2. The directors hand over power and the company’s activities to the IP who starts the liquidation process and manages the company’s affairs.
  3. The insolvent limited company’s assets are assessed, valued by an independent body and realised (liquidated) at market value. The directors are entitled to purchase any assets but it must be done through the IP and must be bought at market value price.
  4. Once the IP’s fees have been settled, any realised asset funds remaining are distributed to the creditors by the IP in a priority order, as laid out by the Insolvency Act 1986.
  5. If there is any surplus revenue, which in most cases there isn’t, this is distributed to the shareholders by the IP.
  6. Once the IP has concluded the documentation, investigated the directors for any potential fraudulent or wrongful trading, and reported to the court on the liquidation process, they apply to Companies House to have the insolvent company declared dissolved and it is struck off the register.

The process is the same for compulsory liquidation except that the court appoints the IP, or liquidator, following the issuing of a winding up petition by creditors. If the debt isn’t paid within a specified period of time, the court issues a winding up order and a liquidator is officially appointed. The only difference between a voluntary liquidation and a compulsory liquidation is that creditors have forced the company into liquidation rather than the choice being made by the directors of the company.

There is no limit to how long a CVL will take; it really depends on how big the company is, the level of debt and how complex the structure of the company. However, in general, the process can take as little as a couple of months.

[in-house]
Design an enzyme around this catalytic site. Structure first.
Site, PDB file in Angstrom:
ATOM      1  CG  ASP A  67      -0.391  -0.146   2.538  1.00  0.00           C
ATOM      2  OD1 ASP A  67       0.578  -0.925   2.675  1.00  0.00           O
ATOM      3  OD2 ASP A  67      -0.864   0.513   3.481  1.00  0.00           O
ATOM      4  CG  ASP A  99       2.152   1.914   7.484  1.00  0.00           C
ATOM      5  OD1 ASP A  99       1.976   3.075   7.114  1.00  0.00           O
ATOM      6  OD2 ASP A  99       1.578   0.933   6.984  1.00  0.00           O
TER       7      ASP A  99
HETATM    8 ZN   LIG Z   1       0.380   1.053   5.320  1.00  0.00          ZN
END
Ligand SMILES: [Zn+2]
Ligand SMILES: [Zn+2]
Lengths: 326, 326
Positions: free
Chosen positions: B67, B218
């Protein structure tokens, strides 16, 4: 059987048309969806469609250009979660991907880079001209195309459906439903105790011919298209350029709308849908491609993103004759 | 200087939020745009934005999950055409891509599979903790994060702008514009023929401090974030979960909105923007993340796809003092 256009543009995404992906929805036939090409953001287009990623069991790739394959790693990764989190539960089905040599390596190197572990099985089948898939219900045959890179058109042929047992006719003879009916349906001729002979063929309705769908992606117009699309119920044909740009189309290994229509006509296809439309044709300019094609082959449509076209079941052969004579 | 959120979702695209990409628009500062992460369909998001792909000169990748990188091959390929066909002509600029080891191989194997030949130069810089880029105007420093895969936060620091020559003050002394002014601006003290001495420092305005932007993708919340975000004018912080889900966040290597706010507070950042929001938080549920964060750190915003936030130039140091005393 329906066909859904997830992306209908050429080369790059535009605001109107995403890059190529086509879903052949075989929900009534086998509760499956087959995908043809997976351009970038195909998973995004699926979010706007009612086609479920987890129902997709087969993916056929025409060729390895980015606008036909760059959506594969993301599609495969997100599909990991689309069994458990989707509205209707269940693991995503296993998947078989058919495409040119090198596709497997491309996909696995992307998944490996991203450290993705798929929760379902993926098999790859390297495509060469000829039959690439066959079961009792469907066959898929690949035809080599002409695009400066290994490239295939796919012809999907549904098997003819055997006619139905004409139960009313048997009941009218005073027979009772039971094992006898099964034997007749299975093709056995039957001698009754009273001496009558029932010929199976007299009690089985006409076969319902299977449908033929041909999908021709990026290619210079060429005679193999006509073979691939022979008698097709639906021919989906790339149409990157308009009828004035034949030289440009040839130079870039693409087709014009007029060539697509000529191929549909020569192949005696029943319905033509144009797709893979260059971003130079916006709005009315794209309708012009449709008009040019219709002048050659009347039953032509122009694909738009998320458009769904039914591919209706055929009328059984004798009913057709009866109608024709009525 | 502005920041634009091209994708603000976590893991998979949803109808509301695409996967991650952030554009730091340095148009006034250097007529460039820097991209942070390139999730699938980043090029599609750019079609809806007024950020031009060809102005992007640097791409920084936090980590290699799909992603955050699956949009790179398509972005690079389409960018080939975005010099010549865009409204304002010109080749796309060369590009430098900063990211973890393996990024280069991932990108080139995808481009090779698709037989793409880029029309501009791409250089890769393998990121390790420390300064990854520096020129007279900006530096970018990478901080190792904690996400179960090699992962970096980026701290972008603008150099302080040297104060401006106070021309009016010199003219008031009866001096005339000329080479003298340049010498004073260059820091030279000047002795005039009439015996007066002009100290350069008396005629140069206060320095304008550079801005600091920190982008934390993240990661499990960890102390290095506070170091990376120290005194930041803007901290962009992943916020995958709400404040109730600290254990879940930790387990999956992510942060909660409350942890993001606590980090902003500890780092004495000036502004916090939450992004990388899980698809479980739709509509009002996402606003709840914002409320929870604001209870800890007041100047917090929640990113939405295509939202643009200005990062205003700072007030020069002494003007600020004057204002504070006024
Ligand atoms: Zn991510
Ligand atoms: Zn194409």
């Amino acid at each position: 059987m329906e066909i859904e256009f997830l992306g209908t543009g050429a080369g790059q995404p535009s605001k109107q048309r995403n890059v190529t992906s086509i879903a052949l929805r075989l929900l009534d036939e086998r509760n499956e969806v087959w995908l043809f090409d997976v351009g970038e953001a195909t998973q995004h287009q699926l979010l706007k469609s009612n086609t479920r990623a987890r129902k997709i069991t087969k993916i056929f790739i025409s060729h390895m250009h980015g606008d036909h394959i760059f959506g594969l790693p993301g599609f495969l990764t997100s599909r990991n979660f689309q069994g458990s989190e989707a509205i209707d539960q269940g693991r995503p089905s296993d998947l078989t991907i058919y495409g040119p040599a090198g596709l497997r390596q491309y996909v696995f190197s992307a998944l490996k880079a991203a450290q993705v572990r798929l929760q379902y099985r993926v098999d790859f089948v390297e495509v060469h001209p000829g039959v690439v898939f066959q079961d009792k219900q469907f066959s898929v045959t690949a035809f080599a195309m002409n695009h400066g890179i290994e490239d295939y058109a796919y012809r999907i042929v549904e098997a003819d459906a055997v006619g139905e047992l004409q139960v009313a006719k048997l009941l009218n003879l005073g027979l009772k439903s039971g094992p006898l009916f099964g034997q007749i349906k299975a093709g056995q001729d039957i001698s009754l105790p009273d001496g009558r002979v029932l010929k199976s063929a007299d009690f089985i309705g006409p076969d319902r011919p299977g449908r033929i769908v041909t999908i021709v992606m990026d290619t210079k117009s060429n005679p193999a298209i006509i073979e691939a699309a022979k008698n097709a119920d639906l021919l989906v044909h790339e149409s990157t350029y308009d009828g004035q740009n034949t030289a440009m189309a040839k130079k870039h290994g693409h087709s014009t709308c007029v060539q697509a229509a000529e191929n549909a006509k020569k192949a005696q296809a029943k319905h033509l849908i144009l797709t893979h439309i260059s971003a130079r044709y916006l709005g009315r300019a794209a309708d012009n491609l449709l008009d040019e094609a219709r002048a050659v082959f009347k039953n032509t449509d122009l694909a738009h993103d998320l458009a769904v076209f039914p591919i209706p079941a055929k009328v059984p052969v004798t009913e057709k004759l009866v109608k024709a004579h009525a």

An important part of the IP’s role as liquidator is to investigate the activities of the company directors before and during the liquidation process to ensure that there has not been any fraudulent or wrongful trading. Directors must ensure that they have acted responsibly and in the best interests of the creditors. The IP will consider the time frame when the directors became aware that the company was insolvent and they were no longer able to pay their debts.

If any fraudulent or wrongful trading is proved, the directors may become personally liable for all or some of the company’s debts.

When it comes to distributing any realised assets by the liquidator, there is a priority order that must be followed, once the IP’s fees have been paid:

  • Secured creditors including those with a legal charge on a company asset
  • Expenses incurred by the insolvent estate
  • Preferential creditors including employees
  • Unsecured creditors
  • Shareholders.

In the case of employees, their wages and any wage arrears, holiday pay and notice pay are covered in accordance with specified statutory limits by the Redundancy Payments Office of the Department of Trade & Industry.

Company or individual insolvency is not something that anyone wants to deal with; however, the sooner a financial problem is recognised, the sooner it can be dealt with and the more potential the company has in recovering. For more information on how our professional insolvency practitioners may be able to help your business, contact us today on 0800 246 5895.